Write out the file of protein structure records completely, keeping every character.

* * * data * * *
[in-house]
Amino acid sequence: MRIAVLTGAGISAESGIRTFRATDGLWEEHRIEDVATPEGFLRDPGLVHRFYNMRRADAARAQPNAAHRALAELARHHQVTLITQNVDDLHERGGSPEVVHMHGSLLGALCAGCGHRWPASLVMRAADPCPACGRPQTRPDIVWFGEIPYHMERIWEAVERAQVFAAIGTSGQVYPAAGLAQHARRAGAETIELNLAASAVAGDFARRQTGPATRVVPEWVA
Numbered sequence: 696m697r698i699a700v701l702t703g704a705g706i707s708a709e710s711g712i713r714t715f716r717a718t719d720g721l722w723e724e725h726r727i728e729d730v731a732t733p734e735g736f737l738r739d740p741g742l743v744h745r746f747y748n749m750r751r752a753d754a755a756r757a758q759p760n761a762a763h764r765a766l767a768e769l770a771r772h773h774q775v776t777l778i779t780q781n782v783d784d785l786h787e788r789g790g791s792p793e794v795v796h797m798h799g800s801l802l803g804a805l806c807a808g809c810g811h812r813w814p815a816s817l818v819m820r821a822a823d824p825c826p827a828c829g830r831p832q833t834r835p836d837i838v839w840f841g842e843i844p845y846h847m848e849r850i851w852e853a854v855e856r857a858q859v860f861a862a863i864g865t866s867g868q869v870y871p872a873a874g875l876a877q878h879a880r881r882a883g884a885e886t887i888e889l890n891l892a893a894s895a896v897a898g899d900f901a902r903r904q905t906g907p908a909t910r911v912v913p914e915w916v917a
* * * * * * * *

[in-house]
Amino acid sequence: MRIAVLTGAGISAESGIRTFRATDGLWEEHRIEDVATPEGFLRDPGLVHRFYNMRRADAARAQPNAAHRALAELARHHQVTLITQNVDDLHERGGSPEVVHMHGSLLGALCAGCGHRWPASLVMRAADPCPACGRPQTRPDIVWFGEIPYHMERIWEAVERAQVFAAIGTSGQVYPAAGLAQHARRAGAETIELNLAASAVAGDFARRQTGPATRVVPEWVA
Numbered sequence: 696m697r698i699a700v701l702t703g704a705g706i707s708a709e710s711g712i713r714t715f716r717a718t719d720g721l722w723e724e725h726r727i728e729d730v731a732t733p734e735g736f737l738r739d740p741g742l743v744h745r746f747y748n749m750r751r752a753d754a755a756r757a758q759p760n761a762a763h764r765a766l767a768e769l770a771r772h773h774q775v776t777l778i779t780q781n782v783d784d785l786h787e788r789g790g791s792p793e794v795v796h797m798h799g800s801l802l803g804a805l806c807a808g809c810g811h812r813w814p815a816s817l818v819m820r821a822a823d824p825c826p827a828c829g830r831p832q833t834r835p836d837i838v839w840f841g842e843i844p845y846h847m848e849r850i851w852e853a854v855e856r857a858q859v860f861a862a863i864g865t866s867g868q869v870y871p872a873a874g875l876a877q878h879a880r881r882a883g884a885e886t887i888e889l890n891l892a893a894s895a896v897a898g899d900f901a902r903r904q905t906g907p908a909t910r911v912v913p914e915w916v917a